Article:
Green = Replaced studs
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Unread 01-15-2020, 02:30 PM   #8
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Or maybe create a frame, make it a tad taller (1/4"'sh) maybe, slide it up behind the blue line stud, cut that portion of the bottom plate flush with the middle stud, than start tapping in the bottom portion of the new frame while it pushes out the cut base plate to the garage. The garage is on the other side which you can see the drywall that needs to be replaced.

Red = Wall in question
Black = Window
Blue = Side garage door
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Unread 01-16-2020, 07:03 AM   #9
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Eric,

No, you cannot...well, should not, cut the bottom of the studs off and then try to join a new piece to the bottom of them at the cuts. Regardless of what type of joinery you employ you are effectively creating a hinge at that joint. If you were having it inspected it wouldn't pass.

IMO, if you're going to replace the drywall on the garage side anyway, just remove that drywall all the way to the top, which will give you easy access to the top plate from the garage side and you can easily replace those three compromised studs. Attached garages are, I think, required to use 5/8" X (fire rated) drywall so double check what you remove.

If you decide to replace that section of sole plate it'll be in your best interest, and that of the building, to add a couple of temporary studs from the floor to the bottom of the roof truss(s), as close to the wall as possible, before you cut out the bad stuff.
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Unread 01-16-2020, 08:42 AM   #10
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What Dan said. Also, that drain will need to be replaced. I don't see any weep holes in that old drain and could be why you had a damp smell in there. You mentioned using Kerdi, if you do then using a Kerdi drain would be best in that situation.
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Unread 01-16-2020, 02:53 PM   #11
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Dan,

Gracias senor. I will see what it looks like on the other side of the wall and decide if I need to call in a carpenter. Will check on the drywall and replace accordingly as you suggested. Thanks for the help sir!

Davy,

To replace the drain would require me to break out a rotary hammer, with a pointed tip, and chip around the drain to get to the p-trap? Or is there a particular way the drain is unscrewed? Thank you for you assistance!
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Unread 01-16-2020, 03:18 PM   #12
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New picture of the drain. I found a either a lip (mini pry bar) that may be corroded or it's a ring and I happened to chip that part of the old mortar?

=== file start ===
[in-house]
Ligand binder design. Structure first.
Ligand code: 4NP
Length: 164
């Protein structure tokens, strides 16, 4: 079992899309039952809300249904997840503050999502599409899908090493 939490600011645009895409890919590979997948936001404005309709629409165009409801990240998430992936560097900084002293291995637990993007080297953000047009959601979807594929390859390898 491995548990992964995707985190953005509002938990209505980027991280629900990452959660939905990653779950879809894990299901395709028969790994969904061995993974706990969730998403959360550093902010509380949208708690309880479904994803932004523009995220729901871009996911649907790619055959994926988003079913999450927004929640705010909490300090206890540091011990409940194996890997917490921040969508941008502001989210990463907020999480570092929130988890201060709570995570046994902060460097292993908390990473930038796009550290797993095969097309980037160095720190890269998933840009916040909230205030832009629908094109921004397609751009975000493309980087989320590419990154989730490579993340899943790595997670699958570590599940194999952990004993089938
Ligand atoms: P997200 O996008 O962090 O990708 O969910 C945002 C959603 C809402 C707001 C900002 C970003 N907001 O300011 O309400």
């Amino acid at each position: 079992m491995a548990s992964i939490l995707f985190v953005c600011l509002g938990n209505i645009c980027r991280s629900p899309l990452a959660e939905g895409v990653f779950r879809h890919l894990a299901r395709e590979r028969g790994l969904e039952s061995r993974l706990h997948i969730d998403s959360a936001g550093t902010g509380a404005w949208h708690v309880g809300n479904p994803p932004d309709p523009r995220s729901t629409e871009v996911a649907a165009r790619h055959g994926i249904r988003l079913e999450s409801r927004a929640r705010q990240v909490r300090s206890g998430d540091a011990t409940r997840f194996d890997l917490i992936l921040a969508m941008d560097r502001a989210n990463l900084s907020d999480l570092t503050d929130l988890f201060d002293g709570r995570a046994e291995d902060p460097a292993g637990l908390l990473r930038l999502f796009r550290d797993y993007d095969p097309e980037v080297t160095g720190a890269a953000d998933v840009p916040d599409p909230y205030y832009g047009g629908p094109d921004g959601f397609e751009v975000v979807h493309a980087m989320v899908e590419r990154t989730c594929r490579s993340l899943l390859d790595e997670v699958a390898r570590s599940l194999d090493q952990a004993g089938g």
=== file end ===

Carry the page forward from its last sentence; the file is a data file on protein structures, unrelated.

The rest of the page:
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Unread 01-16-2020, 03:39 PM   #13
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Eric, whatever that drain actually is, you've got to replace it. It's not suitable for use in any style of shower receptor construction.

If all the plumbing below it is also cast iron, 'specially the trap, you may want to consider replacing more of it. 50 year old CI P-traps are certainly suspect and you may find that you can poke a steel rod down that drain and right through the bottom of the trap.

Yes, it will involve chipping some concrete any way you look at it.

And it would be very helpful if you'd put your geographic location into your User Profile so it appears in each post and folks don't need to search for it.

My opinion; worth price charged.
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Unread 01-16-2020, 04:24 PM   #14
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De nada, Eric.

Calling in a carp isn't a bad idea if this is beyond your comfort zone, but this repair is pretty much just basic framing. A tape measure, pencil, saw, level, some 3" or 3.5" construction screws, a drill/impact driver, maybe a Sawzall for the sole plate, but if you remove the drywall a hand saw will suffice. Some 2X4's, a sheet of drywall, drywall screws.

Sometimes we spend more time contemplating how to fix something without tearing stuff apart than would be spent actually tearing stuff apart. BTDT.
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Unread 01-16-2020, 05:50 PM   #15
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Thank ya'll. Added the location to my profile also.

I am IT guy and am comfortable with framing/carpentry (even framed, insulated, etc a garage wall as a future work area before this occurred) but the load bearing part. I have read and watched the internets on it, Its just figuring out where and how to support it since splicing and strong tie mend is a no go. Will see what I do this weekend.

On the drain note ... take a look at the pics. Will pick up a Bosch hammer this weekend also.